In industrialised countries like the US and the UK, the substantial body of literature about the problem of ethnic achievement gaps has informed a series of policies attempting to tackle it. Multiple methods have been applied, often borrowed from disciplines that have refined them to predict academic achievement or examine school effectiveness. In Colombia, only until 2018, the ethnic achievement gap became part of the policy agenda, but there is only one study describing the gaps, offering limited evidence to inform policy. This thesis views the ethnic achievement gap as a multilevel phenomenon of averages (reflecting the effect of student, school and local authority characteristics) and has both substantive and methodological aims. The substantive aim is to improve the current understanding of ethnic achievement gaps in Colombia (between White-mixed European descendants, the largest ethnic group- and Afrocolombian, Indigenous, and other ethnic minorities), including how they vary over time, within different subpopulations, and across different levels of the education system: students, schools and local authorities. The methodological aim is to study the potential of tailored measurement and statistical modelling techniques for improving the understanding of the nature of ethnic achievement gaps. The analysis applies single-level and multilevel modelling, as well as multivariate analysis methods to the results of a nation-wide compulsory examination for 11th grade (age 16/17) students between 2008 and 2013. Substantively, it is shown that the ethnic achievement gap of each minority group reflects different underlying processes at each level of the education system. Methodologically, it is argued that multilevel modelling is preferable to single-level modelling in some, but not all circumstances and each measurement method impacts the analysis of ethnic achievement gaps in different ways. The implications for policy and the consolidation of methods that contribute to the understanding of ethnic achievement gaps are discussed.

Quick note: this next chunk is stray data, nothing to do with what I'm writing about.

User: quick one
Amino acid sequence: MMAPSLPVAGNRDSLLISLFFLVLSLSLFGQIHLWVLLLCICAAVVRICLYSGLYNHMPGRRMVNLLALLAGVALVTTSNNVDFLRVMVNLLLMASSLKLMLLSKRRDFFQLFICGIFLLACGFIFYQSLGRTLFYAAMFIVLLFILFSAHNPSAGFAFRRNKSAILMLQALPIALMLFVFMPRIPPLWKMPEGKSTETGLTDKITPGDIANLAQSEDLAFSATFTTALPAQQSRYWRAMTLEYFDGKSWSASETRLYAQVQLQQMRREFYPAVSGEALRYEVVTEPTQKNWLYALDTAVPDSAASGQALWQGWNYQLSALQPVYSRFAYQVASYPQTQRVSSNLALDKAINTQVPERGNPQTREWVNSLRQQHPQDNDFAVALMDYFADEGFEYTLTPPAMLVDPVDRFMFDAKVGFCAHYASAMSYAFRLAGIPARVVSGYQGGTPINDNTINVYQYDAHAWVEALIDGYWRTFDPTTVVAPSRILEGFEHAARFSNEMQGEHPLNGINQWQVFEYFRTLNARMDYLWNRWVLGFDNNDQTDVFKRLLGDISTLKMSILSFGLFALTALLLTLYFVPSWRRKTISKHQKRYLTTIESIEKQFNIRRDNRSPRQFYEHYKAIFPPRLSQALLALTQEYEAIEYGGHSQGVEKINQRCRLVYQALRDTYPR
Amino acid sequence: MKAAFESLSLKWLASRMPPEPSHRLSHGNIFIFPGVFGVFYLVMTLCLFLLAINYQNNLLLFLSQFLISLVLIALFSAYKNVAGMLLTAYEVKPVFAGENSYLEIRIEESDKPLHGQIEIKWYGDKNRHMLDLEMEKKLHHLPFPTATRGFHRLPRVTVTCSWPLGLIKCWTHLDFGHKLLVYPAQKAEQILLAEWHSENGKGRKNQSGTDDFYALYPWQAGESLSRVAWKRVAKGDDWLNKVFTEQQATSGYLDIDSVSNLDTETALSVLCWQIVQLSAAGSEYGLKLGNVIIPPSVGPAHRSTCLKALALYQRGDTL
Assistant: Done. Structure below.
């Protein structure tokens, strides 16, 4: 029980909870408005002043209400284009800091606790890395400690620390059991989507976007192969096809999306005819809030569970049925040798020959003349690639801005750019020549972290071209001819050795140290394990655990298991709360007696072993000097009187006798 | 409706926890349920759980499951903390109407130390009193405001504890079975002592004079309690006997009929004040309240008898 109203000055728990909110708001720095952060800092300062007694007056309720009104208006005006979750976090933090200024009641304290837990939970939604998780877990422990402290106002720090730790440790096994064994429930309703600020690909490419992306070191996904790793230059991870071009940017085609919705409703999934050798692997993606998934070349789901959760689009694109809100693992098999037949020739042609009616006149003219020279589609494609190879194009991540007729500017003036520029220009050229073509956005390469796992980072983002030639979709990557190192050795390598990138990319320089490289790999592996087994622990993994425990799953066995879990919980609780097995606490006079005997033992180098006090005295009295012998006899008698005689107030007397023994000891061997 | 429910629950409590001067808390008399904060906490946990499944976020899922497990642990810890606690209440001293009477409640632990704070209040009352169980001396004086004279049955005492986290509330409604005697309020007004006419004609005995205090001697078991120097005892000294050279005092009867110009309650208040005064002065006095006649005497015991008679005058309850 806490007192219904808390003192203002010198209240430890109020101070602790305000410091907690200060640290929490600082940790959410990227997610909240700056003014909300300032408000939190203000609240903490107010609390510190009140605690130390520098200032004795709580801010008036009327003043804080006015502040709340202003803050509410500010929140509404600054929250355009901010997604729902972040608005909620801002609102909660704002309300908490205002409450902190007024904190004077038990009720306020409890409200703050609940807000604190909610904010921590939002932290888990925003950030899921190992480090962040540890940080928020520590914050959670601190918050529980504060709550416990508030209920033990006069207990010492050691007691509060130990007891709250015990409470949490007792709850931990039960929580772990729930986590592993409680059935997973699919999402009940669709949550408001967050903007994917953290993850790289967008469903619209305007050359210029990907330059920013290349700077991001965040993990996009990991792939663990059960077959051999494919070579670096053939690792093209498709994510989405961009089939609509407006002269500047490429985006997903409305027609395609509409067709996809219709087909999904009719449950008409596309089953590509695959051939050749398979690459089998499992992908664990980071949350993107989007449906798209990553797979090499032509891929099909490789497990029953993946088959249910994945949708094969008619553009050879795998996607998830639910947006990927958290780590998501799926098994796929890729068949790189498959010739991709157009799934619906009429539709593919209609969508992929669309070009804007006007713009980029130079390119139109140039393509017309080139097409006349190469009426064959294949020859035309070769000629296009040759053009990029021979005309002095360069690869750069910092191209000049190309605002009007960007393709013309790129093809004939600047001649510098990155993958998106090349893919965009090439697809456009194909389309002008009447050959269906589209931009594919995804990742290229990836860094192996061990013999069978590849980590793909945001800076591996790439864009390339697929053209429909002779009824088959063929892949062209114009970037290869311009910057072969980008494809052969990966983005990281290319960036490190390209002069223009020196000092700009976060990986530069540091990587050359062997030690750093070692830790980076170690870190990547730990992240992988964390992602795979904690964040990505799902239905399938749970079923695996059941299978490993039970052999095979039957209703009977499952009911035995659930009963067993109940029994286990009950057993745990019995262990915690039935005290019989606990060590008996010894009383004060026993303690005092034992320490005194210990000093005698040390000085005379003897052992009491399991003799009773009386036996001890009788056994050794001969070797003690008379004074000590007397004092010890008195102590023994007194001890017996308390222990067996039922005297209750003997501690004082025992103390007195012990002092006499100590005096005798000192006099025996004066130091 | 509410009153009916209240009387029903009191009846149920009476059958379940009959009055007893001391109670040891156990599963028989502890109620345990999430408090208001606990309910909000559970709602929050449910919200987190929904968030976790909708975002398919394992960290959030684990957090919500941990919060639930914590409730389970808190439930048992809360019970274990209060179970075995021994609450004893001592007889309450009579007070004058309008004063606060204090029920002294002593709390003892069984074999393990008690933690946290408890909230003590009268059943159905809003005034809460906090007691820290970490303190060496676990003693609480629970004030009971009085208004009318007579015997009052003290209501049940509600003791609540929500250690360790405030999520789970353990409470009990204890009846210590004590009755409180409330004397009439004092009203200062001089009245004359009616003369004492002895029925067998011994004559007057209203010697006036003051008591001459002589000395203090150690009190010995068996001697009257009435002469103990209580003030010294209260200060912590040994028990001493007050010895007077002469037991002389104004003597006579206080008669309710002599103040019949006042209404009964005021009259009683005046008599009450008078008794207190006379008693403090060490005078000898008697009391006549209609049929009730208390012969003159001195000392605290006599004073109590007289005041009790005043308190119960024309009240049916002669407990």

|Date of Award||28 Nov 2019|
- The University of Bristol
|Sponsors||Economic and Social Research Council|
|Supervisor||George B Leckie (Supervisor) & William J Browne (Supervisor)|
- Achievement gap
- Multilevel Modelling